Clean tanker freight rates
The clean spot tanker market declined for the first time since August, down 19% but still 7% higher than the same month last year. Clean tanker spot freight rates West of Suez averaged WS251 points, representing a decline of 20% since the previous month. The Mediterranean-to-Mediterranean and Mediterranean-to-Northwest Europe routes saw declines of around 24% to average WS214 points and WS224 points, respectively. Meanwhile, rates on the Northwest Europe-to-USEC route fell 8% to WS165 points. However, rates on West of Suez routes all showed improvements of up to 25% compared to the same month last year. On the East of Suez route, clean tanker spot freight rates fell 17% m-o-m in January to average WS170 points, with the Singapore-to-East route declining 14% m-o-m to average WS152 points, while the Middle East-toEast route declined 20% m-o-m to average WS130 points.
IMO 2020 – Lower Sulphur Means Higher Freight Rates
When we last looked at the IMO 2020 MARPOL Annex VI policy back in 2018 Q4, there were many sources of ambiguity in terms of the outlook. These included scrubber uptake, fuel options and availability, freight rates and the expectations on policy enforcement. As we approach the 1 January 2020 deadline for the policy, we have greater clarity on the likely impact of the policy on fuel prices. CRU’s view is that the IMO 2020 regulation is likely to raise freight rates by around 10-20%.
Scrubber uptake has been more prevalent than anticipated
From our discussions with Maritime Strategies International (MSI) and other active participants in the freight market, we now expect a higher uptake of scrubbers. We estimate that 20-25% of the larger Capesize vessels will have scrubbers fitted by end 2020. For the mid-size Panamax vessels, the uptake is lower at 5%. The smaller Handymax vessels are unlikely to install scrubbers at all. Considering the share of each type of vessel we calculate that in 2020, 10%-15% of total ocean-going freight capacity will employ scrubbers, rising to ~20% by 2025. More Capesize capacity will be fitted with scrubbers because the vessel size and the typical length of voyage mean a larger volume of fuel is burned making the capital investment and the pay-off period much more attractive. In addition, Capesize vessels generally travel on fixed routes between very large ports (e.g. Brazil or Australia to China), where the likelihood of the high sulphur fuel oil (IFO180) being available is greater than that of a small port.
We have revised our process for calculating the optimal time period over which the investment in a scrubber is expected to be paid off. We now consider only the difference in freight rates as the variable that will determine the optimal pay-off period. As a result, the pay-off period is now expected to be 12-18 months, on average. Of course, we expect this to vary between different shipowners for a variety of reasons.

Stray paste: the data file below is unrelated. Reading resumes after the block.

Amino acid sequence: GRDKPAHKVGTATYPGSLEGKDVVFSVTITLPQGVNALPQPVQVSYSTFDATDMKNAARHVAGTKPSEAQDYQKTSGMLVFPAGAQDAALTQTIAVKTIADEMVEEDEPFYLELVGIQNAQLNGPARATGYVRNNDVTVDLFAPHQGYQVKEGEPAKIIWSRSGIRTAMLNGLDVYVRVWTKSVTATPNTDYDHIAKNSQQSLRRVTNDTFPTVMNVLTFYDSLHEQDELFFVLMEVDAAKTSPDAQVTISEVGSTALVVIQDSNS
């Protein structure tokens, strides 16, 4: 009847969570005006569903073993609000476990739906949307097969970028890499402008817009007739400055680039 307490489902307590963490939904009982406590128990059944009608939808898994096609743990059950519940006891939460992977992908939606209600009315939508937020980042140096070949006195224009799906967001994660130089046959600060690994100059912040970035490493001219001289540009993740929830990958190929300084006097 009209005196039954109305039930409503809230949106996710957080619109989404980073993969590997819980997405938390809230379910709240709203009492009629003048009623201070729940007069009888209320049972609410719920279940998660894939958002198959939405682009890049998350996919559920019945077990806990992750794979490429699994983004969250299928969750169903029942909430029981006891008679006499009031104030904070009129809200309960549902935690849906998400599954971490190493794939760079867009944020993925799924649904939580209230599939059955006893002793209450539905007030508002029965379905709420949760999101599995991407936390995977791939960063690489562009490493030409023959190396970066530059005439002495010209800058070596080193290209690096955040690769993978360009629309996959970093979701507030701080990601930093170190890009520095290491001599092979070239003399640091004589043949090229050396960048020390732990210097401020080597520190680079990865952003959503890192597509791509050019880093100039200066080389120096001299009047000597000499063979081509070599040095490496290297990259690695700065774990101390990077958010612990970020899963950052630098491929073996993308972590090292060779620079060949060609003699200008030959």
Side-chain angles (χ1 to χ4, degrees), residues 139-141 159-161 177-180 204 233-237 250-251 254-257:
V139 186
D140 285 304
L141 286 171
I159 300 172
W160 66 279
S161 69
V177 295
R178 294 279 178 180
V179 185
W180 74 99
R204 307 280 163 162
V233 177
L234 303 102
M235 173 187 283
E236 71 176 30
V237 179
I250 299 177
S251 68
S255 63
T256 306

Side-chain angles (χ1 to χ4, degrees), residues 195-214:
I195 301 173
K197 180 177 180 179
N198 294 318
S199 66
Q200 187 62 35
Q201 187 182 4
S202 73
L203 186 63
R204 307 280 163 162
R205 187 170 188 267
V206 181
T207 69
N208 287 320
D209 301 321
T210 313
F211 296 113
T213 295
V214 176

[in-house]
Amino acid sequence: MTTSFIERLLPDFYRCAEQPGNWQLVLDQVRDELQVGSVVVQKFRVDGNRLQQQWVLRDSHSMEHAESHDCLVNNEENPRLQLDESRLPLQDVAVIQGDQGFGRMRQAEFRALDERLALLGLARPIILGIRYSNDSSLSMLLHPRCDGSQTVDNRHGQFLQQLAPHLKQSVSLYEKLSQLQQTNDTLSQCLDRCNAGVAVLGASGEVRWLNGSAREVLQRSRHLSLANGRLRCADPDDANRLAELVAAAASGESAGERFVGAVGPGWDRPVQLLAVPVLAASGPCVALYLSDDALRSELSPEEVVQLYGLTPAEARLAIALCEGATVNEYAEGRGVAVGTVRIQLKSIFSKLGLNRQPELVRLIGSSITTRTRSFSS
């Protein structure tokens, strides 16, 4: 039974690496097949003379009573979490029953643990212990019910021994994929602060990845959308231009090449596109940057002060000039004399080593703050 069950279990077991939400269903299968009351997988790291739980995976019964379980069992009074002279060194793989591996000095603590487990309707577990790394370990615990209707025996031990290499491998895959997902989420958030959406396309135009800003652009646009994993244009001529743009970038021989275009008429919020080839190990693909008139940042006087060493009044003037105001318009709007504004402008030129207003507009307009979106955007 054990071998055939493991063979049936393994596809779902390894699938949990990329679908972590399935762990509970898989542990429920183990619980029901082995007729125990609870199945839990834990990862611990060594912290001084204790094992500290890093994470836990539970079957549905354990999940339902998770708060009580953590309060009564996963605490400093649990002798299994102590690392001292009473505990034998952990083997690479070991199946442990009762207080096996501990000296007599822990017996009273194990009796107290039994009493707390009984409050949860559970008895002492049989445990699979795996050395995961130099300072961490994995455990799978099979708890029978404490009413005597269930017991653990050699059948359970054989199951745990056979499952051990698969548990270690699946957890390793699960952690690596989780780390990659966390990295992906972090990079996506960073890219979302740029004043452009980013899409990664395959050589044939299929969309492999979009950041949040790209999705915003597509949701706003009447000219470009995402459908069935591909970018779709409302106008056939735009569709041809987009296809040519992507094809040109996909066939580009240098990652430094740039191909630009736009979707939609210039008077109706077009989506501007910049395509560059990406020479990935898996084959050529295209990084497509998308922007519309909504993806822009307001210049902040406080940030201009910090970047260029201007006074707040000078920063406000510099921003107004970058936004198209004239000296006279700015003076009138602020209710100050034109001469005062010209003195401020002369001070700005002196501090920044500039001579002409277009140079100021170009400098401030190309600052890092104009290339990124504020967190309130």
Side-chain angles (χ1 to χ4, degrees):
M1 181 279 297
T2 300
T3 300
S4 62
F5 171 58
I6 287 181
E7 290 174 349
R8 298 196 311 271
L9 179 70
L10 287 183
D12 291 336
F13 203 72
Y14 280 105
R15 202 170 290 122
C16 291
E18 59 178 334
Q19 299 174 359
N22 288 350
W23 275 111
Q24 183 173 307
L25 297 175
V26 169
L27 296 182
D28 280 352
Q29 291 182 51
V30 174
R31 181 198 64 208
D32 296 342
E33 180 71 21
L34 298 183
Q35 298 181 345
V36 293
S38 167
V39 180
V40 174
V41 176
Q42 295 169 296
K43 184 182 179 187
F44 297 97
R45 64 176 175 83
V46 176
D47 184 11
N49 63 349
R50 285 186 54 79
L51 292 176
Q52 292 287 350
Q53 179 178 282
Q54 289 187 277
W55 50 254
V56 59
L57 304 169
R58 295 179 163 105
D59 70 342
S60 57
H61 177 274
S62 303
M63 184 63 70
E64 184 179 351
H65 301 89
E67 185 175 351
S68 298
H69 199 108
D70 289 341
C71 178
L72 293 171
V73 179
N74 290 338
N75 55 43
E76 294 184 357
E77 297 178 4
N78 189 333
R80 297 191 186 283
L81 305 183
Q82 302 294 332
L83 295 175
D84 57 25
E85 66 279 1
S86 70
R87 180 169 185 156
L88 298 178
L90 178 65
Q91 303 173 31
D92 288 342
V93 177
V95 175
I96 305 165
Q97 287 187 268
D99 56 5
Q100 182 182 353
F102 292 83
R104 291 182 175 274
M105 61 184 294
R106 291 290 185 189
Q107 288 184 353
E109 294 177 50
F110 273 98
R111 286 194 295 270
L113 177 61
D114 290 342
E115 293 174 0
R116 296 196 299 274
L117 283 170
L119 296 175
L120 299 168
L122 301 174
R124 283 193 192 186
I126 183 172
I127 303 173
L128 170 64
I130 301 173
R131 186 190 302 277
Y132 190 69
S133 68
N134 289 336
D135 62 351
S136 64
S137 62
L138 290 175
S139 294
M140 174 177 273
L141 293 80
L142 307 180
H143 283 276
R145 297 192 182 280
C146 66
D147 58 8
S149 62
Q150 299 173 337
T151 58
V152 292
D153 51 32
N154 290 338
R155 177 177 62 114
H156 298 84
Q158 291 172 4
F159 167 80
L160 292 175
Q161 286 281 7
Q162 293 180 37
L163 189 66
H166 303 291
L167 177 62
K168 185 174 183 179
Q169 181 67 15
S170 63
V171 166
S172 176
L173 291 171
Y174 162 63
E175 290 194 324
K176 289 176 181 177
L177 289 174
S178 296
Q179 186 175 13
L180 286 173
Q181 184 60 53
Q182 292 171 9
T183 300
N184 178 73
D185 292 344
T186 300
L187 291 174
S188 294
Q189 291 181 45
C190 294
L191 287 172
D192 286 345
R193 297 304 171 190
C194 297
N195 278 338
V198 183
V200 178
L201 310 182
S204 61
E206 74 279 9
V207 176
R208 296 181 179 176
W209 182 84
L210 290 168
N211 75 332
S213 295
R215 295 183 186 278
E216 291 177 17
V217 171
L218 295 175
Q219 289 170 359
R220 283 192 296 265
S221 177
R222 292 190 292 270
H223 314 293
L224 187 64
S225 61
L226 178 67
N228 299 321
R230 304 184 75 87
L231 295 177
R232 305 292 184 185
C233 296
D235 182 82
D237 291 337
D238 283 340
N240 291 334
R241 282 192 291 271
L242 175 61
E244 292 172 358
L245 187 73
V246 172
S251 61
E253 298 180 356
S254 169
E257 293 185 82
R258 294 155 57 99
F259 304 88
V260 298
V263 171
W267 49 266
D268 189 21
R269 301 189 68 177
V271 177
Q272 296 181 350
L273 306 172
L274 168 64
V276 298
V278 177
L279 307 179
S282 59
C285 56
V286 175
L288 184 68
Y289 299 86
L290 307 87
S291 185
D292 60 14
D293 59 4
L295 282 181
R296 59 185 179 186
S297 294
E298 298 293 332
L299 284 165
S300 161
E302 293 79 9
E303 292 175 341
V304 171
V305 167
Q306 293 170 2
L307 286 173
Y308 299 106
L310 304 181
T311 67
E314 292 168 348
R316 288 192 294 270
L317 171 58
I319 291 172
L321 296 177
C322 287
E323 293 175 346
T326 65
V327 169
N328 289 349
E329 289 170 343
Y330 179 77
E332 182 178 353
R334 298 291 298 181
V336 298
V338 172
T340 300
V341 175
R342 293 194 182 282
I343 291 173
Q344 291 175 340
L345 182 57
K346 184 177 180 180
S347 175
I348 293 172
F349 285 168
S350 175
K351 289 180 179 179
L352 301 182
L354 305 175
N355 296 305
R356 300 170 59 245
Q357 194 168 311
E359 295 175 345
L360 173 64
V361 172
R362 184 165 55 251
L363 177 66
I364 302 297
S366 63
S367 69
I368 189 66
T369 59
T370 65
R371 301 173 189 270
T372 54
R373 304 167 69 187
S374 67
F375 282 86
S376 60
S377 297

Of the vessels fitted and due to be fitted with scrubbers, most have opted for the open loop option (where the exhaust gases are washed with sea water and discharged into the sea). This comes as a surprise as closed-loop scrubbers initially were considered to be more environmentally friendly as the ‘waste’ was instead disposed of after treatment at ports. However, since some studies have concluded that there is no notable negative environmental impact to using open loop vessels, many companies fitting scrubbers are willing to take the risk; they are assuming that there will not be a subsequent policy to remove open-loop scrubbers from operations any time soon. Open loop scrubbers cut down on installation and running costs, along with the logistics of carrying and disposing of the waste. There are some regions (Singapore and Fujairah) where an open loop scrubber is not allowed to operate, but until we see such controls at major ports such as Rotterdam, Qingdao and Newcastle the movement of bulk vessels will be largely unaffected.
Fuel blending will achieve compliance
Bunker fuel is a residual fuel of the oil refining process, it is cheap, has high sulphur content and has been the standard fuel used by the shipping industry. The most common types of bunker fuels are IFO 380 and IFO 180, in our work we have focussed on IFO 180. The IMO regulation will limit sulphur emissions and therefore requires shipowners to consider the options available to comply. Fuel blending will be key to achieving compliance. The extent to which fuel type needs to be changed depends on the extent to which emissions need to be cut.